Antonius-Tín Bui draws, cuts and slices artistic statements about history and identity
By Christina Campodonico
It’s easy to get lost in the intricate hand-cut paper designs of artist Antonius-Tín Bui. Precise geometric patterns coexist with swirly — literally paper thin — lines that either resemble the chaotic marks one might scrawl across a notebook in a rage or the wavy bands of stainless steel that adorn the Petersen Automotive Museum’s exterior on Wilshire Boulevard.
In Bui’s hands, an ordinary piece of paper can transform into an elaborate wall hanging that’s also a portrait of a close friend or an homage to a lineage of imaginary queer ancestors. A sheet of paper can rise to the level of runway fashion, evoking the elegance of a long wedding gown train or the grandeur of a superhero’s cape. You can see these pieces and more in “Finding Heart (tìm tim)” on view at Loyola Marymount University’s Laband Gallery through Dec. 14.
Inevitably, one wonders where the artist’s mind goes to achieve such an elaborate level of detail. Bui told international art-and-design platform Curator that “nearly all my pieces are a nonlinear dance between intuitive cutting, drawing/sketching, and calculated slicing.” (Bui also outlines the backs of works with a complicated, yet spontaneous color-coded system of “layers.”) But lately the artist, who is the child of Vietnamese refugees and identifies as queer and gender non-binary, finds their mind even more “scattered.”
“…In the past, I would always tell people it was just extremely meditative,” says Bui, who self-taught paper cutting by making paper angels and snowflakes as a child. “I would get lost. But I do find myself, like many artists nowadays, [having] doubt in my practice and my purpose a lot more than ever, especially with the climate crisis at hand, our political environment.”
Yet in a series of blue and red laser-cut pieces depicting traditional Asian iconography such as Chinese lanterns, dragons and dramatic facemasks, Bui confronts our current political moment with visually appealing or familiar decorative motifs you might see at an Asian restaurant or Chinese New Year celebration, but then upends their seemingly benign and decorative look with confrontational verbiage such as “F*ck Trump,” “Not Your Token,” “Not Your Model Minority,” “Abolish I.C.E.,” or “Not Your China Doll.”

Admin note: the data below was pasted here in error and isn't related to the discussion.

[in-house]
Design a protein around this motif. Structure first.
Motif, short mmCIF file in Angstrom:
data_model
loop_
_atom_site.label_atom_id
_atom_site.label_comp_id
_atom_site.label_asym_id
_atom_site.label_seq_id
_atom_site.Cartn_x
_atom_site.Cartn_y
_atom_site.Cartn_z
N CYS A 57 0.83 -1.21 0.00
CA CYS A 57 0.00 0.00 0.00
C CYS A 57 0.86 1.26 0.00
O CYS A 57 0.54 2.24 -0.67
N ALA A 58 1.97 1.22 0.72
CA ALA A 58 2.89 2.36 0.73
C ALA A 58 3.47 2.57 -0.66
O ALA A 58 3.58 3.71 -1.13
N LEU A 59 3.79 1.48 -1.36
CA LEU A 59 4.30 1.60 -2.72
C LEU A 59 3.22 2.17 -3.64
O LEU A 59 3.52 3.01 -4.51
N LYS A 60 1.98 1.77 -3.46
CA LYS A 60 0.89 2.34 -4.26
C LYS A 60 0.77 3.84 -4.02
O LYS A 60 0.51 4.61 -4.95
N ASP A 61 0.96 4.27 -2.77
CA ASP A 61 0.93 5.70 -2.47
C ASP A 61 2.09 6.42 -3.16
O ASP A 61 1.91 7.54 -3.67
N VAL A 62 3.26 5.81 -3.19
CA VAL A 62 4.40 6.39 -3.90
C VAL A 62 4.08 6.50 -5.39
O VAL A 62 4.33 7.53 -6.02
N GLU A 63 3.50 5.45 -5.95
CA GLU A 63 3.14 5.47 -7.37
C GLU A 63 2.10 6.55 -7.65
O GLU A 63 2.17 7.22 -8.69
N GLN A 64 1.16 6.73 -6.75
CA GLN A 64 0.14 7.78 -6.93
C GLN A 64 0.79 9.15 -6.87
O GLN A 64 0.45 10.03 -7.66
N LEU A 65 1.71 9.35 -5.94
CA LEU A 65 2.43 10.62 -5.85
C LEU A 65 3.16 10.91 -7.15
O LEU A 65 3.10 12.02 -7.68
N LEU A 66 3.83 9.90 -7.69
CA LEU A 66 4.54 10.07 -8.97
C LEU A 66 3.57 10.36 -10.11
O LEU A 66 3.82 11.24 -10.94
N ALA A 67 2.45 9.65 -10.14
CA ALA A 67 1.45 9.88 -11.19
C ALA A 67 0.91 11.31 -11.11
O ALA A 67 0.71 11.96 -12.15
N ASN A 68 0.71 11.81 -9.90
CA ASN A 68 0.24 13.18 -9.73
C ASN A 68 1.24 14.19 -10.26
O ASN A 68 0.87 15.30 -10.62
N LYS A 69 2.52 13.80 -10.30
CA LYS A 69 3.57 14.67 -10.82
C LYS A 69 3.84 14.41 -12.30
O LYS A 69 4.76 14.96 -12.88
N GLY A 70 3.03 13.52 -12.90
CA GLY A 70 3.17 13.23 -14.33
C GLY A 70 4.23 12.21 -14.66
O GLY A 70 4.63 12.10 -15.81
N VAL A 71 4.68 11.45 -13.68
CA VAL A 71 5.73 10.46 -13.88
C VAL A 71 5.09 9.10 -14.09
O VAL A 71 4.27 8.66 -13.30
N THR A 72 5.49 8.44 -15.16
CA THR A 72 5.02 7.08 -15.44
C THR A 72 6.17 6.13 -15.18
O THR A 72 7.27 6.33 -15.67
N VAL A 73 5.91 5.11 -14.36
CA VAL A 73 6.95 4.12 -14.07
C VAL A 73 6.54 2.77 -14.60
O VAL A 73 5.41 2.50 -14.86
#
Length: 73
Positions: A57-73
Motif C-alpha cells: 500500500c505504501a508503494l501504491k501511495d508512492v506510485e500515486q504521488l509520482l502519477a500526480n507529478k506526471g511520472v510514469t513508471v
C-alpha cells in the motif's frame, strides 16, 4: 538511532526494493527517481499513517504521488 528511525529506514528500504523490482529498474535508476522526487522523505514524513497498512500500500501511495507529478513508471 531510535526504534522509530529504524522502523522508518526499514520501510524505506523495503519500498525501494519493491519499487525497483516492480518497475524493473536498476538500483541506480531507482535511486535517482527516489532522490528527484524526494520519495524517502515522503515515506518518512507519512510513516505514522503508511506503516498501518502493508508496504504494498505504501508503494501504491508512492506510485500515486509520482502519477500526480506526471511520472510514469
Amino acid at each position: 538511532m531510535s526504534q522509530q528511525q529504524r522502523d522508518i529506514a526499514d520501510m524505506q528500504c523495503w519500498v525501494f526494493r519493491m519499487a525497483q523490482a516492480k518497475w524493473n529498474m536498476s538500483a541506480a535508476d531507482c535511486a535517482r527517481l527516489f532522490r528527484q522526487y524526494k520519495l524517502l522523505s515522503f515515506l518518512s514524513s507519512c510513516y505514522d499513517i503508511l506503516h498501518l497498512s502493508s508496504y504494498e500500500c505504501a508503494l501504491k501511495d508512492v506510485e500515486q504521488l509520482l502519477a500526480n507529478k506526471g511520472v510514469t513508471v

“Many artists work with texts. That’s a trope that’s been around for a long time,” says Laband Gallery Director Karen Rapp. “But these somehow are so inviting, and so they draw you close, and then they kind of punch you.”
These works not only remind that paper can adorn and decorate, but also cut as well as document traumatic history. Another paper work of Bui’s titled “1975 Should Be Enough” superimposes Pulitzer Prize-winning photographer Nick Ut’s famous and harrowing image of a wailing girl fleeing a napalm attack during the Vietnam War upon the artist’s own self-portrait rendered in chaotic red and glittery lines.
It reflects not only a dark chapter of American history, but also a difficult moment in the artist’s life— a time near the beginning of Trump’s presidency when Bui was suffering from hair loss during a stressful artist’s residency, preparing for their very first trip to Vietnam “to make amends with the past” and contending with their parents’ own “glorification of America and their fears of going back to Vietnam.”
“I was starting to wake up with balding spots and to like have hair all over my bed,” says Bui. “So [I was] thinking a lot about intergenerational trauma or induced trauma and seeing correlations between my own body and the bodies that I was studying.”
In many ways, Bui hopes their work can be a conversation starter.
“I am really, really grateful that my pieces can spark conversation or affirm people’s opinions or beliefs. …. But at the same time I’m also weary or fearful of whether or not sometimes we are preaching to the choir,” says Bui, musing further: “How do I take existing forms and imagine the conversations that I wish I had growing up at the family table?”
Discussion and performance is becoming a larger portion of Bui’s artistic practice. On Thursday (Nov. 14) from 6 to 8 p.m., a discussion panel in the Laband Gallery will be followed by an “artist’s mass and procession” featuring pop music, queer manifestos and poetry. Then on Saturday (Nov. 15) from 2 to 4 p.m., four L.A.-based performance artists join Bui in activating the Laband with experimental performances, including sound art, tattooing and video projections.
In the end, Bui is hesitant to identify as an “activist,” but says this: “I never felt like I had the privilege to be neutral as an artist. … And so I would hope that every single artist — whether or not their work is directly speaking to political problems … is making time and space to be politically engaged, to be reading, to be registered to vote if they can, to inspire other people to vote and to exercise democracy on a daily basis.”
“Finding Heart (tìm tim)” is on view through Dec. 14 at Loyola Marymount University’s Laband Gallery, 1 LMU Dr., Westchester. Visit cfa.lmu.edu/laband-gallery for gallery hours.